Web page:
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Thune: Trump’s Judgment Up For Debate, But Actions Not Impeachable

Seth Tupper

U.S. Sen. John Thune, R-S.D., avoided criticizing or defending President Trump on Thursday when Thune fielded questions about impeachment during a visit to Rapid City.

“I think you can argue about whether or not the judgment the president exercised was appropriate,” Thune said, “but it’s pretty hard in my view to see a case where you would argue that this would be an impeachable offense. I don’t think it reaches that level based on what I’ve seen so far.”

The Democratic-controlled House of Representatives passed two articles of impeachment against Trump on Dec. 18 for abuse of office and obstruction of Congress. The charges stemmed from allegations that Trump temporarily withheld military aide to Ukraine while asking the Ukrainian president to investigate Trump’s political rival, the former vice president and current Democratic presidential candidate Joe Biden.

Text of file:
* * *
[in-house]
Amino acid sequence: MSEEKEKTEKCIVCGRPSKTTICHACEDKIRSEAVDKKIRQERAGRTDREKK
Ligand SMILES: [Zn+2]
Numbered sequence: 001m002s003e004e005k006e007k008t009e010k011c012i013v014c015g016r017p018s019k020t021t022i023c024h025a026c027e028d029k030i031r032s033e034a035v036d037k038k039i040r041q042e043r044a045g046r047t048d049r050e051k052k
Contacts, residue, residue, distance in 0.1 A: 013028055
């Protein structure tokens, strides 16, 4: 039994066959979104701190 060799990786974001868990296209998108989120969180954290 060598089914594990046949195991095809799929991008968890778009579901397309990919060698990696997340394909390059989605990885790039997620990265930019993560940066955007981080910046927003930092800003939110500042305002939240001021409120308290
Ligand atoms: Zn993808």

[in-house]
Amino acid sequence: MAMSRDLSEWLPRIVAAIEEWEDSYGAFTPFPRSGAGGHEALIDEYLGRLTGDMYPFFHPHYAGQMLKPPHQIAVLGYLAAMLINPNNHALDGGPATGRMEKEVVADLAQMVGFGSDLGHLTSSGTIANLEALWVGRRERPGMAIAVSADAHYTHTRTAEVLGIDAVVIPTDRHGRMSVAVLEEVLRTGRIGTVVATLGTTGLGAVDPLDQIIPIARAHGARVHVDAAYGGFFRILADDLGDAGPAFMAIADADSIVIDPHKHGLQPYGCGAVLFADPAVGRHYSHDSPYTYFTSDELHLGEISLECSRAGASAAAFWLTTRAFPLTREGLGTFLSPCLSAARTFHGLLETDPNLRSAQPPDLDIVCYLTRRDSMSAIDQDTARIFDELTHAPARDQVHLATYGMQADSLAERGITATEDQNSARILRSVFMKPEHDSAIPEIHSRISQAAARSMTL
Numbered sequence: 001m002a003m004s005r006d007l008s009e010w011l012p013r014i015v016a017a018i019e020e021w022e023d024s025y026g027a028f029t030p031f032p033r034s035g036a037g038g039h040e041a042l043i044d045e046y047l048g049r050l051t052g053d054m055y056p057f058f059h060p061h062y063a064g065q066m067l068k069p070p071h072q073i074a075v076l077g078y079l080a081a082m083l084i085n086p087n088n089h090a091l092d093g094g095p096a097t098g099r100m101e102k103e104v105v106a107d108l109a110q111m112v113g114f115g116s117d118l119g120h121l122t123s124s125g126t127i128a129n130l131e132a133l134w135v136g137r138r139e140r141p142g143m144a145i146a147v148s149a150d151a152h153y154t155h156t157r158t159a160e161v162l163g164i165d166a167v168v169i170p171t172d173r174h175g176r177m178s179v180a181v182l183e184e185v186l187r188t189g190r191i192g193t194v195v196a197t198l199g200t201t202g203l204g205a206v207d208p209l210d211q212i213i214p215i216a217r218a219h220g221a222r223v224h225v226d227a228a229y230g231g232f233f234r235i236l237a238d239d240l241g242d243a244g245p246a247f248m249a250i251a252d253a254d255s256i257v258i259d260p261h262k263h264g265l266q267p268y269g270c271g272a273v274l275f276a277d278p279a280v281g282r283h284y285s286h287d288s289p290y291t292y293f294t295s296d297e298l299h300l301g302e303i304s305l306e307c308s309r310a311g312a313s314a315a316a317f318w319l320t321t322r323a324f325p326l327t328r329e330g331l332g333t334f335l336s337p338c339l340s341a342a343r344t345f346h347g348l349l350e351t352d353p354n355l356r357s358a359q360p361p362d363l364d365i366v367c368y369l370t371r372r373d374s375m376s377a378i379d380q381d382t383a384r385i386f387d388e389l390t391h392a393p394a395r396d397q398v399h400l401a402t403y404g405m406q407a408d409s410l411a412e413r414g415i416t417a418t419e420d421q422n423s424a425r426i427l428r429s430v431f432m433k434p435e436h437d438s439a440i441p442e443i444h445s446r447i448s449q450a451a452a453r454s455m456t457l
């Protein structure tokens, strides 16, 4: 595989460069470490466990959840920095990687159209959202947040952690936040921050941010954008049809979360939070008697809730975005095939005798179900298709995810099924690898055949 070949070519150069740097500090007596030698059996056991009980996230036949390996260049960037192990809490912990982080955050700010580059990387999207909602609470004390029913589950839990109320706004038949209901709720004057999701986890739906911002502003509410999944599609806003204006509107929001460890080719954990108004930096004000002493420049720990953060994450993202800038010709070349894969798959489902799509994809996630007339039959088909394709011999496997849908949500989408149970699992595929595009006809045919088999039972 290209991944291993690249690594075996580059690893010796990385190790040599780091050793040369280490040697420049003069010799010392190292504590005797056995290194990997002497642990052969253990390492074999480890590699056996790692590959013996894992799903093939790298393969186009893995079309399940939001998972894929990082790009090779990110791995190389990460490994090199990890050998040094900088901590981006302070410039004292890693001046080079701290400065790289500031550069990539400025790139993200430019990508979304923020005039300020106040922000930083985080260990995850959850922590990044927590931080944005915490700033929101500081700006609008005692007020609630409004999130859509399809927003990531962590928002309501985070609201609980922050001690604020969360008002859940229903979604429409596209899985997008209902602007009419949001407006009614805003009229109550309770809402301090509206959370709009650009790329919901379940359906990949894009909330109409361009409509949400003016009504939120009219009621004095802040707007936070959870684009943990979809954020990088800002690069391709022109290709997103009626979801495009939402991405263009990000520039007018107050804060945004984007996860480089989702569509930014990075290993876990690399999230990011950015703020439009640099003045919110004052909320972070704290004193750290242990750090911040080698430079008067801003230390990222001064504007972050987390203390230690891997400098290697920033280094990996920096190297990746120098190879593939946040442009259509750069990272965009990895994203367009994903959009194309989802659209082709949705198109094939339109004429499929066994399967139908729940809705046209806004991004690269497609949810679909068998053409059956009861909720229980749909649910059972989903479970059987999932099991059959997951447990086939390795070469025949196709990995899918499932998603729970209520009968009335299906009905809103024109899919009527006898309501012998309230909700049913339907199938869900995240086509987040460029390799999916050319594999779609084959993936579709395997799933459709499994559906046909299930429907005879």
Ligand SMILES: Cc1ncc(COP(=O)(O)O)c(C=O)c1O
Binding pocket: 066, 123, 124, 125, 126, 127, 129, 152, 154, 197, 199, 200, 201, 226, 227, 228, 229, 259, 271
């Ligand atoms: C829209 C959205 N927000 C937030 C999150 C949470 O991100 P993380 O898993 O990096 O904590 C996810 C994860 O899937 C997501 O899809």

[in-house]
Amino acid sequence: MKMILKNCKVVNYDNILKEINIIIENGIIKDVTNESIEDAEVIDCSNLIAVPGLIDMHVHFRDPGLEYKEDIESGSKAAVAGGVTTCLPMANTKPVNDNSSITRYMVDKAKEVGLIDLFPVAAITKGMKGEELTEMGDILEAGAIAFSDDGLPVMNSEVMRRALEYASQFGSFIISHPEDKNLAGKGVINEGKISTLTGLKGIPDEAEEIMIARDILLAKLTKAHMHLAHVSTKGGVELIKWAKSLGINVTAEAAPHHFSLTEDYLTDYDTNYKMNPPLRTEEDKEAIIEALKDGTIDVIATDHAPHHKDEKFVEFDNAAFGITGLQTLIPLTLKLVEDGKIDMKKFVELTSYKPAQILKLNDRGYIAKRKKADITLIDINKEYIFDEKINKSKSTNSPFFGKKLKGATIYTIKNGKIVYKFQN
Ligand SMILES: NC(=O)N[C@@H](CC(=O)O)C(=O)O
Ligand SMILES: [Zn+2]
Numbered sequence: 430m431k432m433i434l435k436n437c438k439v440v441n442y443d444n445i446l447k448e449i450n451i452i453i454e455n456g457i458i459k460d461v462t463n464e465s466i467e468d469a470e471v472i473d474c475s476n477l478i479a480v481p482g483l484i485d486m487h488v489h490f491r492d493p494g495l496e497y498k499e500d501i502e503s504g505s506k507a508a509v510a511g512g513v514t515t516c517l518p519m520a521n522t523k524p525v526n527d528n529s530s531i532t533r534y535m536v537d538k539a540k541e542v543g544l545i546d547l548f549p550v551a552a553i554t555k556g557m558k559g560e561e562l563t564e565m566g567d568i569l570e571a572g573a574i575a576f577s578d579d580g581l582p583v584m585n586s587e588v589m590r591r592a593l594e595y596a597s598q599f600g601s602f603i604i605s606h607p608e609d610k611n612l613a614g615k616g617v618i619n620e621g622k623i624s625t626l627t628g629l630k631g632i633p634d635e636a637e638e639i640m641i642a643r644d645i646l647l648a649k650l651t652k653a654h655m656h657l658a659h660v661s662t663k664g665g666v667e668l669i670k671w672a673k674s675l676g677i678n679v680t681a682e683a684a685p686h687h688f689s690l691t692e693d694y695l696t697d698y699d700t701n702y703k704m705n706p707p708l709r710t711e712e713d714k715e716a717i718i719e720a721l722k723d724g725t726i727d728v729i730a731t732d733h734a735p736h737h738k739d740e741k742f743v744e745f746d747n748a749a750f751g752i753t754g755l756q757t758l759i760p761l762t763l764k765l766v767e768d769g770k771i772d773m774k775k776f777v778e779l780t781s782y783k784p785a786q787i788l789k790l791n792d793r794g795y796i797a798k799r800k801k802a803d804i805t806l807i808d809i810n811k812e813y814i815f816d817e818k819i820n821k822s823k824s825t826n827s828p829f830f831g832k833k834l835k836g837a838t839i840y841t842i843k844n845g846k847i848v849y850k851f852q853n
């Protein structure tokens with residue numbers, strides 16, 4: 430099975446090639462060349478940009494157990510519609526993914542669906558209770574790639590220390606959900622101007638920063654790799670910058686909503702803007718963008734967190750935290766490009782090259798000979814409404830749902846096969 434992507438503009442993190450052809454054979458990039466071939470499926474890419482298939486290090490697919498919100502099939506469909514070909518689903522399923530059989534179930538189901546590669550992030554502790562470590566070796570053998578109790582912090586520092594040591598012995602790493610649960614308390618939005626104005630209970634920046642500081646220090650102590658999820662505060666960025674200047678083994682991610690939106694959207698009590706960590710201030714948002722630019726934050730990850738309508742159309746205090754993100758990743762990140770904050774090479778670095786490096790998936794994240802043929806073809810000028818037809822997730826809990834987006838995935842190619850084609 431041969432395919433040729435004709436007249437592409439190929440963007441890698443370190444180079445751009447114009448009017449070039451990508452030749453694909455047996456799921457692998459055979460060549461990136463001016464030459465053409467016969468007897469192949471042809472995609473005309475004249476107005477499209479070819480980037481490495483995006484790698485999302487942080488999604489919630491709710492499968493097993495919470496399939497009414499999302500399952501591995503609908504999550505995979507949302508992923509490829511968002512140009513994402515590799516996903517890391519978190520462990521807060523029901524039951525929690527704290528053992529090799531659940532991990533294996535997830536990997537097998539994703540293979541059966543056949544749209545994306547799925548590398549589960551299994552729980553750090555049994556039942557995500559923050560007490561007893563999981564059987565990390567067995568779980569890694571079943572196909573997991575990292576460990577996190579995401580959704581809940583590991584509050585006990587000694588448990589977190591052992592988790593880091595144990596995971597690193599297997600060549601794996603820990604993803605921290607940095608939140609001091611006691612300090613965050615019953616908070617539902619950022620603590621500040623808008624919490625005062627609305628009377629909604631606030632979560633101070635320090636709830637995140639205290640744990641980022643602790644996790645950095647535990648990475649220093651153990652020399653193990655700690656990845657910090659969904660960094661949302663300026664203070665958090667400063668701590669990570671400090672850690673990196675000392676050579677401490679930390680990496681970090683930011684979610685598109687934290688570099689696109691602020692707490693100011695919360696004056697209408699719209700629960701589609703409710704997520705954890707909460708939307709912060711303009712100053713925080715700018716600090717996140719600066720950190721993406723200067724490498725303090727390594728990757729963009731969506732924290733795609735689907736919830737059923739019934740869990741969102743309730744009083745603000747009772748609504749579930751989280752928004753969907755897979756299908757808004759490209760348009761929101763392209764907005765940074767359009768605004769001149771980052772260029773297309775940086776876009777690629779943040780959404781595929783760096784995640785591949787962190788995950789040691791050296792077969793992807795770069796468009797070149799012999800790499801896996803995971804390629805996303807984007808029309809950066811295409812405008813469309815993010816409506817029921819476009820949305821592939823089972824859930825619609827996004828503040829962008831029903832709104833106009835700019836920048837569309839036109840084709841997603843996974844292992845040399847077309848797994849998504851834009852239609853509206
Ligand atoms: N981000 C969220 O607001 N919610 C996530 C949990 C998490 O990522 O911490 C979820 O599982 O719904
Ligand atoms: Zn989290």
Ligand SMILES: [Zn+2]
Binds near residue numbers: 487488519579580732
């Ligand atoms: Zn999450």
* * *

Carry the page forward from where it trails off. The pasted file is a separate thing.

House Speaker Nancy Pelosi has not yet submitted the articles to the Senate, which is a necessary step before the Senate can begin a trial. It would take a two-thirds majority of the Senate – 67 votes – to convict Trump and remove him from office.

Thune was in Rapid City on Thursday to tour a local business and participate in a roundtable discussion with local business leaders. He spoke to SDPB after the roundtable.

After acknowledging the legitimacy of arguing about the president’s judgment, Thune declined to take a side in the argument.

“That’s not probably a question that we’re going to pass judgment on,” Thune said. “The question we have to decide in the Senate is whether it’s an impeachable offense that would necessitate removing the president from office. I just don’t think it reaches that threshold.”

Thune ranks second in Senate leadership behind Majority Leader Mitch McConnell, R-Kentucky. McConnell and Minority Leader Chuck Schumer, D-New York, are at odds over whether to allow witnesses to be called during the Senate’s impeachment trial.

Thune deflected a question Thursday about whether he thinks witnesses should be called.

“You know, we’ll cross that bridge when we come to it,” Thune said. “I think it’s going to be whatever 51 senators decide at some point.” 

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